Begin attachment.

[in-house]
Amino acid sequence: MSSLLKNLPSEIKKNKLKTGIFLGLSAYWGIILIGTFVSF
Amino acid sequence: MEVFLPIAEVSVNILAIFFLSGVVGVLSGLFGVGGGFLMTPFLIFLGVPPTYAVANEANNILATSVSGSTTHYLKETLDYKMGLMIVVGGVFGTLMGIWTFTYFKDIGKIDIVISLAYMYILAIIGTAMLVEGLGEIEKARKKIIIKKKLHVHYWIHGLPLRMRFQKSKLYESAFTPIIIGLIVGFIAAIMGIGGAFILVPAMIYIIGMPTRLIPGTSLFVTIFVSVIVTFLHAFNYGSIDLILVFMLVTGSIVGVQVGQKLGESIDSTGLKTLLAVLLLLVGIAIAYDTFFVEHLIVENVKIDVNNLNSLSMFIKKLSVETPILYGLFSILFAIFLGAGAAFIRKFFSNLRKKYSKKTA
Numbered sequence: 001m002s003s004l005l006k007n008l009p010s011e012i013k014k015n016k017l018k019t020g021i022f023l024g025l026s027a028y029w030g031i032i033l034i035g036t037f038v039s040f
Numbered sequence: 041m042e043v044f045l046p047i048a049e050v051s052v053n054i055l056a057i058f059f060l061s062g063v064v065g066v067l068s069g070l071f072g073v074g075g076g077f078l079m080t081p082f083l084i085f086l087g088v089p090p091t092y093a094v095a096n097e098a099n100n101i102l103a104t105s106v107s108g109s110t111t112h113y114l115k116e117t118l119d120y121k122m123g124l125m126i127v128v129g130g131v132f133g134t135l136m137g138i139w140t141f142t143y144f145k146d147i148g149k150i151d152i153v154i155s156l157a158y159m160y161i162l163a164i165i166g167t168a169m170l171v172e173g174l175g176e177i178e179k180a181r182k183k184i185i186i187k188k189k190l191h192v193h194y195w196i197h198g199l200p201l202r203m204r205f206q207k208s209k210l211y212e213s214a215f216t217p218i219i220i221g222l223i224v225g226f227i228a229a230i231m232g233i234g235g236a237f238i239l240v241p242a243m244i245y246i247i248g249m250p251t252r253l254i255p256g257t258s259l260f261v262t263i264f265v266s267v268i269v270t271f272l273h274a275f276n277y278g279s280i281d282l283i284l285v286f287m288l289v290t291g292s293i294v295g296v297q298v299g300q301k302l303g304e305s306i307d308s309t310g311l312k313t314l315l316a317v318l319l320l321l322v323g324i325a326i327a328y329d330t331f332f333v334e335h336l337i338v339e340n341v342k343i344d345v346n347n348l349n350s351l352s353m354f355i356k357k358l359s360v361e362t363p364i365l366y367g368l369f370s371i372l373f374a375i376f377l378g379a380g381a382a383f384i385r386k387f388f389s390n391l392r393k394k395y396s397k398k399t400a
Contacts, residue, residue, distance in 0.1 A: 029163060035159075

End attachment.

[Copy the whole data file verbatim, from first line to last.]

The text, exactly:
[in-house]
Amino acid sequence: MSSLLKNLPSEIKKNKLKTGIFLGLSAYWGIILIGTFVSF
Amino acid sequence: MEVFLPIAEVSVNILAIFFLSGVVGVLSGLFGVGGGFLMTPFLIFLGVPPTYAVANEANNILATSVSGSTTHYLKETLDYKMGLMIVVGGVFGTLMGIWTFTYFKDIGKIDIVISLAYMYILAIIGTAMLVEGLGEIEKARKKIIIKKKLHVHYWIHGLPLRMRFQKSKLYESAFTPIIIGLIVGFIAAIMGIGGAFILVPAMIYIIGMPTRLIPGTSLFVTIFVSVIVTFLHAFNYGSIDLILVFMLVTGSIVGVQVGQKLGESIDSTGLKTLLAVLLLLVGIAIAYDTFFVEHLIVENVKIDVNNLNSLSMFIKKLSVETPILYGLFSILFAIFLGAGAAFIRKFFSNLRKKYSKKTA
Numbered sequence: 001m002s003s004l005l006k007n008l009p010s011e012i013k014k015n016k017l018k019t020g021i022f023l024g025l026s027a028y029w030g031i032i033l034i035g036t037f038v039s040f
Numbered sequence: 041m042e043v044f045l046p047i048a049e050v051s052v053n054i055l056a057i058f059f060l061s062g063v064v065g066v067l068s069g070l071f072g073v074g075g076g077f078l079m080t081p082f083l084i085f086l087g088v089p090p091t092y093a094v095a096n097e098a099n100n101i102l103a104t105s106v107s108g109s110t111t112h113y114l115k116e117t118l119d120y121k122m123g124l125m126i127v128v129g130g131v132f133g134t135l136m137g138i139w140t141f142t143y144f145k146d147i148g149k150i151d152i153v154i155s156l157a158y159m160y161i162l163a164i165i166g167t168a169m170l171v172e173g174l175g176e177i178e179k180a181r182k183k184i185i186i187k188k189k190l191h192v193h194y195w196i197h198g199l200p201l202r203m204r205f206q207k208s209k210l211y212e213s214a215f216t217p218i219i220i221g222l223i224v225g226f227i228a229a230i231m232g233i234g235g236a237f238i239l240v241p242a243m244i245y246i247i248g249m250p251t252r253l254i255p256g257t258s259l260f261v262t263i264f265v266s267v268i269v270t271f272l273h274a275f276n277y278g279s280i281d282l283i284l285v286f287m288l289v290t291g292s293i294v295g296v297q298v299g300q301k302l303g304e305s306i307d308s309t310g311l312k313t314l315l316a317v318l319l320l321l322v323g324i325a326i327a328y329d330t331f332f333v334e335h336l337i338v339e340n341v342k343i344d345v346n347n348l349n350s351l352s353m354f355i356k357k358l359s360v361e362t363p364i365l366y367g368l369f370s371i372l373f374a375i376f377l378g379a380g381a382a383f384i385r386k387f388f389s390n391l392r393k394k395y396s397k398k399t400a
Contacts, residue, residue, distance in 0.1 A: 029163060035159075